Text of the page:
Warren County


Warren County was formed in 1779 out of the no longer existent Bute County, which was named after former British Prime Minister and Lord of the Treasury, John Stuart, the third earl of Bute. Following the American Revolution, the legislature did not want a county bearing the name of the former prime minister, which led to the division of Bute County into Warren and Franklin counties. Warren was named after Dr. Joseph Warren, a general and physician who was killed during the Battle of Bunker Hill.

In the 1800s, Warren County saw tremendous economic prosperity thanks to booming tobacco and cotton industries and the hot springs resorts, which attracted wealthy tourists. The addition of the railroad in 1840 only fortified the county’s economic position. By 1860, Warren was the wealthiest county in the state. Following the Civil War, Warren’s prosperity began to decline quickly. Today, Warren is designated as a Tier 1 county – a designation given to the most economically distressed counties – and ranks 19th in the state for economic distress.

Warren County has a rich history of politics and activism. The first Black congressman to represent the state was John Hyman, born near Warrenton, who served in North Carolina’s 2nd congressional district from 1875-1877. In 1969, civil rights activist Floyd McKissick (father of former NC senator, Floyd McKissick Jr.) proposed Soul City, a planned community on 5,000 acres in Norlina, which would be open to all but would focus on developing black economic power and empowering low-income communities and communities of color. Former U.S. House Representative Eva Clayton was instrumental in the project and worked for the Soul City Company.

In 1972, Soul City received a Housing and Urban Development (HUD) grant for $14 million under the Nixon administration and was one of 13 model cities of its kind designated under the 1970 Urban Growth and New Community Development Act. Economic decline and rising inflation in the latter half of the 1970s, along with political challenges, significantly impacted the community’s development. In 1979, the federal government foreclosed on the project.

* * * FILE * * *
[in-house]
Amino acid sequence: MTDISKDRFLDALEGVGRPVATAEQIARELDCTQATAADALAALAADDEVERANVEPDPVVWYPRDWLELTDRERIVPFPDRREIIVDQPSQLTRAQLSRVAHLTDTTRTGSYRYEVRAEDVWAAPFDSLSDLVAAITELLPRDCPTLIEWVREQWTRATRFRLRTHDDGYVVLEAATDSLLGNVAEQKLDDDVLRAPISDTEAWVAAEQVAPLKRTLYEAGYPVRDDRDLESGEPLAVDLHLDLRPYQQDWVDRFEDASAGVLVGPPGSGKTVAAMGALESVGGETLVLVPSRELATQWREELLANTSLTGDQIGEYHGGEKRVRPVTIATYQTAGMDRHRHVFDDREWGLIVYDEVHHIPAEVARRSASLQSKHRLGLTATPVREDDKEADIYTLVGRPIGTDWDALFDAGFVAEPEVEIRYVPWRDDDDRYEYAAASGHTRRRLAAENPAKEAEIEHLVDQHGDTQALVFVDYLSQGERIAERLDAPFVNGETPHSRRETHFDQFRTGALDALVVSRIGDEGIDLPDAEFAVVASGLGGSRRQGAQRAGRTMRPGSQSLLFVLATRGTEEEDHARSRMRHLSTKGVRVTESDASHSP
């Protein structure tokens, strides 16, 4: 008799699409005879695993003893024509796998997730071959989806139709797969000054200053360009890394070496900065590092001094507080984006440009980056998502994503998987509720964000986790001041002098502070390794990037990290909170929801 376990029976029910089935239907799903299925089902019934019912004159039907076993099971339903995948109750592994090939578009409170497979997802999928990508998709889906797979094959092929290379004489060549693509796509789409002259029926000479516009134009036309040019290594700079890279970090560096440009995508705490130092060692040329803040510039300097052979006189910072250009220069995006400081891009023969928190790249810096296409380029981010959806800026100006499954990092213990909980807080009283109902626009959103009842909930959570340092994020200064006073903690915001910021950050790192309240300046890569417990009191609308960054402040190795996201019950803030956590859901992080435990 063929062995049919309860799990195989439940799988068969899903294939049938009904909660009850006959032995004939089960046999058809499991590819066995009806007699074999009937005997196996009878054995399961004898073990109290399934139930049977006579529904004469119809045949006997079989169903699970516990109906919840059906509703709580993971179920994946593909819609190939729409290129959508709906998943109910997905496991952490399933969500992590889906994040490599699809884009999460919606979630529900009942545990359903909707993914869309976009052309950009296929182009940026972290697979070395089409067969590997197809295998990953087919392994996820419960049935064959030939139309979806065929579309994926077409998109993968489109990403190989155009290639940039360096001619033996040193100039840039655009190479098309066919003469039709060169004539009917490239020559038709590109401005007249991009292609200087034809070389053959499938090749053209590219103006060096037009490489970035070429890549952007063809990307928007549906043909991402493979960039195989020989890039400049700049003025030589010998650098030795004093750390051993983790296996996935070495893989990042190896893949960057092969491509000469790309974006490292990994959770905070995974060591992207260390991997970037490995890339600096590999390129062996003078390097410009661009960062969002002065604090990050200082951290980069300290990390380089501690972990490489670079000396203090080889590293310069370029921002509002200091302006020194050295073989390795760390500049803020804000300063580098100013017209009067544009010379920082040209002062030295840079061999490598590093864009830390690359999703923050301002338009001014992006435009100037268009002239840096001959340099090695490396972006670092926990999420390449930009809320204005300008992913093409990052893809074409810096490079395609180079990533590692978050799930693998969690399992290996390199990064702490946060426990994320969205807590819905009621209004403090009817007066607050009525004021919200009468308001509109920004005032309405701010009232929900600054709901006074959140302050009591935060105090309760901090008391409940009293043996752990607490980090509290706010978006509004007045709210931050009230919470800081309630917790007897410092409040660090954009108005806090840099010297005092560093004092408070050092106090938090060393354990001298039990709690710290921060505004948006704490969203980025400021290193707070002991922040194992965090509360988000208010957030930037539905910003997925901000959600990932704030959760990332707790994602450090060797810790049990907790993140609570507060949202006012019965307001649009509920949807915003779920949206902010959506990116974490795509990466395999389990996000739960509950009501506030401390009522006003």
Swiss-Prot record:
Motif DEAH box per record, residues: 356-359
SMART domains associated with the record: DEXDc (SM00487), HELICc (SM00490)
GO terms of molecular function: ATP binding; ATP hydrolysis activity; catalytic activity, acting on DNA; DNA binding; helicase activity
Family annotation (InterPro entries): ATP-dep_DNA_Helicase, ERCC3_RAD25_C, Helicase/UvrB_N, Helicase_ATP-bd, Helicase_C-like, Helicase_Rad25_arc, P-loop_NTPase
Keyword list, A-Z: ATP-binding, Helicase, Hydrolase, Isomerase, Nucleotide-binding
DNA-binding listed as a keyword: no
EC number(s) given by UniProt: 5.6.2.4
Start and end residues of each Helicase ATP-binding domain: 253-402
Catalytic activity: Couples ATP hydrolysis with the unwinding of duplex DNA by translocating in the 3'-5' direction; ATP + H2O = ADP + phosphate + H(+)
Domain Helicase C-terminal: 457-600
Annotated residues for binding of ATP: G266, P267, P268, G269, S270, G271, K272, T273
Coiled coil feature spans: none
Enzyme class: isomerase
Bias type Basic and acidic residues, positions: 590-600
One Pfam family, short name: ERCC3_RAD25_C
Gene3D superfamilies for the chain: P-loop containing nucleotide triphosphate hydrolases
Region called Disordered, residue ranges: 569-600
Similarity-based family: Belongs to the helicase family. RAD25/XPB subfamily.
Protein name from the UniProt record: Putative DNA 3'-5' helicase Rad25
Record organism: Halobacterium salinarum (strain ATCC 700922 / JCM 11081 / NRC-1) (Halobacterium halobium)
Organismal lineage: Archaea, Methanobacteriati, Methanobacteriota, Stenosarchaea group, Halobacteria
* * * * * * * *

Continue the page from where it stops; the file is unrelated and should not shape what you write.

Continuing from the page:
Warren County is often referred to as the birthplace of the environmental justice movement, following the PCB Protests of 1982. In 1978, a Raleigh-based transformer manufacturer began dumping hazardous toxins known as PCBs along roadsides in the state. The state of North Carolina chose a site in Afton for the landfill where the hazardous waste would be disposed. While proper disposal of waste was regulated by state law in 1976, the law did not empower communities to have a say in where the waste would be disposed of and stored. Residents in Warren County mobilized protests garnering national attention and participation. While the protests alone did not halt construction on the landfill in Afton, it did lead to a promise from Governor Jim Hunt that the site would undergo decontamination as soon as possible. Decontamination took place at the Afton landfill from 1993-2004.

Warren remains a solidly Democratic county, though Democratic margins have decreased by over 10 points in the last decade. In 2012, Barack Obama carried the county by a 37.8% margin. In 2020, Joe Biden won by 25.5% and in 2022, Cheri Beasley carried the county by a 22.4% margin.


Elected Officials

County Data